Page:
Barber Nikhita Rogers takes her trade seriously. She’s got the training and experience via a de facto apprenticeship, but she’s hungry to learn and keep learning.
When preparing to open the new Fades and Shaves Barbering — located within Sunnyside Salon at Rock Plaza, 10127 Old Olympic Highway — Rogers visited barbershops far and wide, seeking advice and tips from experts in the field.
“I had three questions for each of them,” Rogers said, from her work station at the Rock Plaza Salon. “One, why are you a barber? Two, what are your favorite tools and products? And three, what’s your favorite thing about barbering?”
Far from being disinclined to help a potential rival, barbers locally and out-of-town are more than happy to help a newcomer to the barber scene, Rogers said.
Drawing from her experience in barbering school, other professionals and an ever-growing list of video-posting barbers she follows online, Rogers admits she comes by the skills naturally: “The majority of important advice I learned from my family.”
Perhaps Rogers’ foray into barbering was inevitable: She’s a third-generation barber, the grand-daughter of Art Rogers of the long-running Art’s Barbershop, and daughter of Lisalesa Rogers, former owner of A Classic Clip barbershop. Her uncle, Mike Rogers, a four-decade veteran of the trade, runs Sandy’s Barber Shop on Bainbridge Island, and others have plied the trade or completed some barber training.
“It’s a family legacy,” Nikhita Rogers said.
Rogers offers haircuts, shaves and styling six days a week — 8:30 a.m.-5 p.m. on Tuesdays, Thursdays and Fridays; 9:30 a.m.-5 p.m. on Wednesdays; 10 a.m.-2 p.m. on Saturdays, and 10 a.m.-5 p.m. on Sundays — as she works around her schedule as a single mom.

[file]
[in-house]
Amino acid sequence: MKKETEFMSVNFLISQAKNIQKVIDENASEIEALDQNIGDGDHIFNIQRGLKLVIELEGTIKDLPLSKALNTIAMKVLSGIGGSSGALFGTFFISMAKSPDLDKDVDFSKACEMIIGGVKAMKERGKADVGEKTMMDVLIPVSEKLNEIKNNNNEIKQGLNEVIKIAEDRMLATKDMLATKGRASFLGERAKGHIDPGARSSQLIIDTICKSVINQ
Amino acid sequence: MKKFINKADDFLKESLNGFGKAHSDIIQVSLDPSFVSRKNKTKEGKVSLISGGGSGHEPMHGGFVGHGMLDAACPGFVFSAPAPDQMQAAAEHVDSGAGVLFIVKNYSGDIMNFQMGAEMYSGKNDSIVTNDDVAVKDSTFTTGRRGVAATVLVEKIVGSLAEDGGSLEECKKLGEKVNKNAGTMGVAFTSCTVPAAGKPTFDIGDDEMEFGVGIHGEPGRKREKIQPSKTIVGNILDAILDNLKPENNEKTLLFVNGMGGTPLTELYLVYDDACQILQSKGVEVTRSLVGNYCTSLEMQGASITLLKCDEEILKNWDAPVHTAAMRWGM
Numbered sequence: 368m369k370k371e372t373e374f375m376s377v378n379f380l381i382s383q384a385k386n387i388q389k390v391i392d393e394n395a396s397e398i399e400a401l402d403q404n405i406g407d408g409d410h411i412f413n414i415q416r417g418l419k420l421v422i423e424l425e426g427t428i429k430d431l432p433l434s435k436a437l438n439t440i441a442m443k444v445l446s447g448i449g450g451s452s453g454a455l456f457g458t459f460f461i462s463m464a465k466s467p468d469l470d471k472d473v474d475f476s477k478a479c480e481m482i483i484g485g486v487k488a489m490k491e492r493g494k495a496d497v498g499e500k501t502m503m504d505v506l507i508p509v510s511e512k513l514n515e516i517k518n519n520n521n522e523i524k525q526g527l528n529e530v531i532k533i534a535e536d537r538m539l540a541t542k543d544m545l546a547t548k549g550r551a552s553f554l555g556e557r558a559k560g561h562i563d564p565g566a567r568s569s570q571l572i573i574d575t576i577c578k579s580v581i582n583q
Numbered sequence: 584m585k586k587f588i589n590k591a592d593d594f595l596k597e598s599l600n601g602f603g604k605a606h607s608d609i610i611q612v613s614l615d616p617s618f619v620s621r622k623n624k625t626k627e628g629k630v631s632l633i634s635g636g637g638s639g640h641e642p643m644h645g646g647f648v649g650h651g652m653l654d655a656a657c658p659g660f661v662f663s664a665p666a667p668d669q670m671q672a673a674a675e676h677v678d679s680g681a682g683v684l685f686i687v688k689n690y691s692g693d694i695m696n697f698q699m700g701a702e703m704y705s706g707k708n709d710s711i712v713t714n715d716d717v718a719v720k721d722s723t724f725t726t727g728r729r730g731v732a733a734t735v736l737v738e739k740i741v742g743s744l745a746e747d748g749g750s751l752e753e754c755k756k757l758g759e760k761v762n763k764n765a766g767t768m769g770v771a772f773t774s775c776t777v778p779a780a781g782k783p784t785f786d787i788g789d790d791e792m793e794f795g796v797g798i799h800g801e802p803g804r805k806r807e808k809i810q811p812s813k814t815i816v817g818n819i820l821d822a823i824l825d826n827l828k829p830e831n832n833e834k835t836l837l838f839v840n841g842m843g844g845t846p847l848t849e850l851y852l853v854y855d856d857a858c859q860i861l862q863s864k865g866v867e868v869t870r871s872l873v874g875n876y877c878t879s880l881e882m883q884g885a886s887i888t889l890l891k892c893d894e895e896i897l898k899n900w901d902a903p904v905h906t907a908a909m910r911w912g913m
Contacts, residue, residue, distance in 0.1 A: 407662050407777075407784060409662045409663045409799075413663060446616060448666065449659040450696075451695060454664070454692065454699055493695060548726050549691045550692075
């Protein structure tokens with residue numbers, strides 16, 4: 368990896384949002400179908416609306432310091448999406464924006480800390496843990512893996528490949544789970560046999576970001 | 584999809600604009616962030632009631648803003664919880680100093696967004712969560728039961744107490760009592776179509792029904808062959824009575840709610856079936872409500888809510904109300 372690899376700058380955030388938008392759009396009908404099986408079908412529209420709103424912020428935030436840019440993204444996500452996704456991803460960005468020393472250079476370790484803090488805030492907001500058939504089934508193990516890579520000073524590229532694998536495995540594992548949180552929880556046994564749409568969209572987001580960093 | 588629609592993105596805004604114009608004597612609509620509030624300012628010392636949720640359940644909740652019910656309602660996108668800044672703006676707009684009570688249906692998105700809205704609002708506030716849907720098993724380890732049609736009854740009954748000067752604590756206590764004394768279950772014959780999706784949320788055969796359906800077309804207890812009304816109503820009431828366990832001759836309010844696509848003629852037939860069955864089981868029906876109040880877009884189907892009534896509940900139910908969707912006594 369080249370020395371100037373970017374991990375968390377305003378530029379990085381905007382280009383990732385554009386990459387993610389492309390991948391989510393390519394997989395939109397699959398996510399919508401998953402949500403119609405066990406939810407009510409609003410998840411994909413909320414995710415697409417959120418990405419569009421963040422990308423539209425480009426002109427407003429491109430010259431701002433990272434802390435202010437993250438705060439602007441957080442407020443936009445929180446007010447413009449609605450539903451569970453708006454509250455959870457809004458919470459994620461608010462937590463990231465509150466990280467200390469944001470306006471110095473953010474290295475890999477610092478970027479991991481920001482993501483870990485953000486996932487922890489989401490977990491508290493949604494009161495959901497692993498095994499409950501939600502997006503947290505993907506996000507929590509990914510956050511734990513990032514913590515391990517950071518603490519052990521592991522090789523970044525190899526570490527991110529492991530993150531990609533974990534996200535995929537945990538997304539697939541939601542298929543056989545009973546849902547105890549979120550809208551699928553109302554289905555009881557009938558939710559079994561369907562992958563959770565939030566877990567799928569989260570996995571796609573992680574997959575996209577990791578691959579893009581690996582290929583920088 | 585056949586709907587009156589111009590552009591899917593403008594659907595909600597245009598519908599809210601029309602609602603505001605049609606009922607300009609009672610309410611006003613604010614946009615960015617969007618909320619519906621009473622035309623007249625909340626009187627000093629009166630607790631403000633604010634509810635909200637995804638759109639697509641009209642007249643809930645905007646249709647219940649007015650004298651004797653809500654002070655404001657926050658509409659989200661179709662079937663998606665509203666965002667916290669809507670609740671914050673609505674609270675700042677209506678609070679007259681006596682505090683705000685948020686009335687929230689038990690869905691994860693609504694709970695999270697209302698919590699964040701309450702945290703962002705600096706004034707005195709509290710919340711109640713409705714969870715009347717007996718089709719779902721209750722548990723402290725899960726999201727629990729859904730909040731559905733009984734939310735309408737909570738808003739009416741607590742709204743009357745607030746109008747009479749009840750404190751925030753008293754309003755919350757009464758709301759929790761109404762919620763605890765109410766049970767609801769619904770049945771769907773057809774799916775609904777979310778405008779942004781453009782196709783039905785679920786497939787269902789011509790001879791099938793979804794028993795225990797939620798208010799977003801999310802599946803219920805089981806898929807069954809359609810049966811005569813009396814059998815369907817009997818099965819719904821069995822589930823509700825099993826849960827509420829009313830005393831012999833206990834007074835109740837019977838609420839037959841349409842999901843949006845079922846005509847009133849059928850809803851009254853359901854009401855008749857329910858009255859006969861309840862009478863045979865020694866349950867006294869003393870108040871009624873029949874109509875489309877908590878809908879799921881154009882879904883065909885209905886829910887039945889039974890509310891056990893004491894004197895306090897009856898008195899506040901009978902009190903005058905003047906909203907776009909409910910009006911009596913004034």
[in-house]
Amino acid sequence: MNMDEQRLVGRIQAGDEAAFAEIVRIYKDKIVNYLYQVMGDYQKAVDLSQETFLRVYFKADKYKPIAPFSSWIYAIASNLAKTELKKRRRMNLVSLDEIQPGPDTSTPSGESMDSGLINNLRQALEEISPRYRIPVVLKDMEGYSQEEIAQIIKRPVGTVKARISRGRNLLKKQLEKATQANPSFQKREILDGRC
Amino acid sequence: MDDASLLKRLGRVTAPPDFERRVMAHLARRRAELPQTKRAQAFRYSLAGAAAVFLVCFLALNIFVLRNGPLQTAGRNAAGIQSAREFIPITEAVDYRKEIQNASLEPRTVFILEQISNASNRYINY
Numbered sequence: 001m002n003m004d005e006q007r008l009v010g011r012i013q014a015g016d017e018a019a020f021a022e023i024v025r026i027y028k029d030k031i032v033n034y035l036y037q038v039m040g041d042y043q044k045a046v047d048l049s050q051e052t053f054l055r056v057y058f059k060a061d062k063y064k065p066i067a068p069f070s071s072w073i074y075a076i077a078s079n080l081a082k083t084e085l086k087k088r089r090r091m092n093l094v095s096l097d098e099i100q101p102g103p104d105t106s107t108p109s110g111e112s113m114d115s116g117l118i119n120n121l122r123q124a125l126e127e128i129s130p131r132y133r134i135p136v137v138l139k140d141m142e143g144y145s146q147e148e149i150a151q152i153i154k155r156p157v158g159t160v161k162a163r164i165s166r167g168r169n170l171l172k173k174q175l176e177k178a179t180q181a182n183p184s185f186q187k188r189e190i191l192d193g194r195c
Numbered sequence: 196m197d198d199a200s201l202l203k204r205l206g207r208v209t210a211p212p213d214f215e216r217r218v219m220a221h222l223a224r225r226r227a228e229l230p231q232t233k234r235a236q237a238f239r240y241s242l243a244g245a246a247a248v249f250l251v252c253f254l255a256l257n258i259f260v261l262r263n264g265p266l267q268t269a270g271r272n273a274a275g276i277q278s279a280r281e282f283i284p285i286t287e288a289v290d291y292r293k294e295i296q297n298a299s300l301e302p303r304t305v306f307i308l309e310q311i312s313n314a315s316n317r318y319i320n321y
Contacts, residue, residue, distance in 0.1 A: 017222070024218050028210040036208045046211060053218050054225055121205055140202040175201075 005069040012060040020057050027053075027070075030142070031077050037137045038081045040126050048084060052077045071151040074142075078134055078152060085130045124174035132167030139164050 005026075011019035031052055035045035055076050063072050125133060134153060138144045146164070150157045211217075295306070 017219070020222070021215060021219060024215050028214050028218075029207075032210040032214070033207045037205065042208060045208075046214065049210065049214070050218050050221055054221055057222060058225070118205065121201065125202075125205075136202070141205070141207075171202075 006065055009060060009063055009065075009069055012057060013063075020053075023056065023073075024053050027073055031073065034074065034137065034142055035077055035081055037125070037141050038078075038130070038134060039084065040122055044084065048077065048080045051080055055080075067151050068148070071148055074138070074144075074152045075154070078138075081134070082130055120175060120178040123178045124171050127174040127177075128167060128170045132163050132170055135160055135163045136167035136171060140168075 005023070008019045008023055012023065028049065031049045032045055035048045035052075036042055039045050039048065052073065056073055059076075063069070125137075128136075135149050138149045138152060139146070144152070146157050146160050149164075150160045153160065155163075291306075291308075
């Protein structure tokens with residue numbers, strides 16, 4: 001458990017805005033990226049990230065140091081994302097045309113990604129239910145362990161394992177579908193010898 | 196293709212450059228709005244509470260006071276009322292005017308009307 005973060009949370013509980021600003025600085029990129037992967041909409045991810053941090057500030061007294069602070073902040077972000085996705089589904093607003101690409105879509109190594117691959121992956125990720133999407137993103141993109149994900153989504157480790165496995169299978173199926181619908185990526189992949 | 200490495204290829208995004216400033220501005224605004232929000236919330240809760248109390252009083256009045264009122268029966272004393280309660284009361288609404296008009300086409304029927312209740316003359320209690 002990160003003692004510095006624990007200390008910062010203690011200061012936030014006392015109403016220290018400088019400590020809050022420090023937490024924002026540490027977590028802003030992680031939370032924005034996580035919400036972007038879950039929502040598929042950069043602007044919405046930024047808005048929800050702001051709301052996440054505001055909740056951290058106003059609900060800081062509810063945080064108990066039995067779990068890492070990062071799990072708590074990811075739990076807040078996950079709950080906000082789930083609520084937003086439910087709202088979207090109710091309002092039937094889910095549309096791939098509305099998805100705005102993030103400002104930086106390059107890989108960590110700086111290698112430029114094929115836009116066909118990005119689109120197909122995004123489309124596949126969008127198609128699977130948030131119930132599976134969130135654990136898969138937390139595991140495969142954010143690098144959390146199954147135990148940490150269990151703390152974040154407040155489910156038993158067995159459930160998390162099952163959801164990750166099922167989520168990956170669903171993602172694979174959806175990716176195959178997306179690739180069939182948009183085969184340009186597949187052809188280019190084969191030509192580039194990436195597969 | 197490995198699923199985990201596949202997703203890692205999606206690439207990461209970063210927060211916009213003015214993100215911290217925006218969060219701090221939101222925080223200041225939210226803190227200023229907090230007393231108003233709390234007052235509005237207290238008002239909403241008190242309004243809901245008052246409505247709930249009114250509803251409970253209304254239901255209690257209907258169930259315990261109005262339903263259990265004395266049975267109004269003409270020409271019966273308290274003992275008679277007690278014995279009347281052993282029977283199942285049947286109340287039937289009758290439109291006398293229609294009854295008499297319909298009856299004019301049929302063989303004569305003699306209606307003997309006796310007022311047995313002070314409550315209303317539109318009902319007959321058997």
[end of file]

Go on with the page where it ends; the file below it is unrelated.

She uses a strait razor to shape hair on necks and eyebrows as she serves a predominantly male clientele; she does some appointments for women, but Rogers at times refers those needing more styling or coloring to Sunnyside Salon owner Annette Rockenbrant.
Rather than working with groups of people, as she had for much of the past 13 years in her waitressing jobs, Rogers enjoys the one-on-one time with clients.
“It [barbering] is artistic … and sometimes I’m like a therapist,” she said.
“I really enjoy it. I learn every day.”
The Rogers family has deep roots on the Olympic Peninsula, when Arthur P. Rogers (Nikhita’s great-great-grandfather) and wife Minnie came to the area in the early 20th century.
Nikhita’s grandfather Arthur left Sequim High School in the 11th grade to join the U.S. Army, and after four years entered barber school in 1956. He worked in several different cities mastering the art of cutting hair, supplementing his earnings working at the Carlsborg mill, M/R Timber sawmill and Pen Ply (“Sequim Pioneer Family Histories From: 1850-1962).
For years he worked as a barber, with locations at four different spots before finally settling as Art’s Barber Shop in what’s known as Creamery Square. A 2015 Sequim Irrigation Festival Grand Pioneer, he eventually passed on the business to his daughter Lisalesa.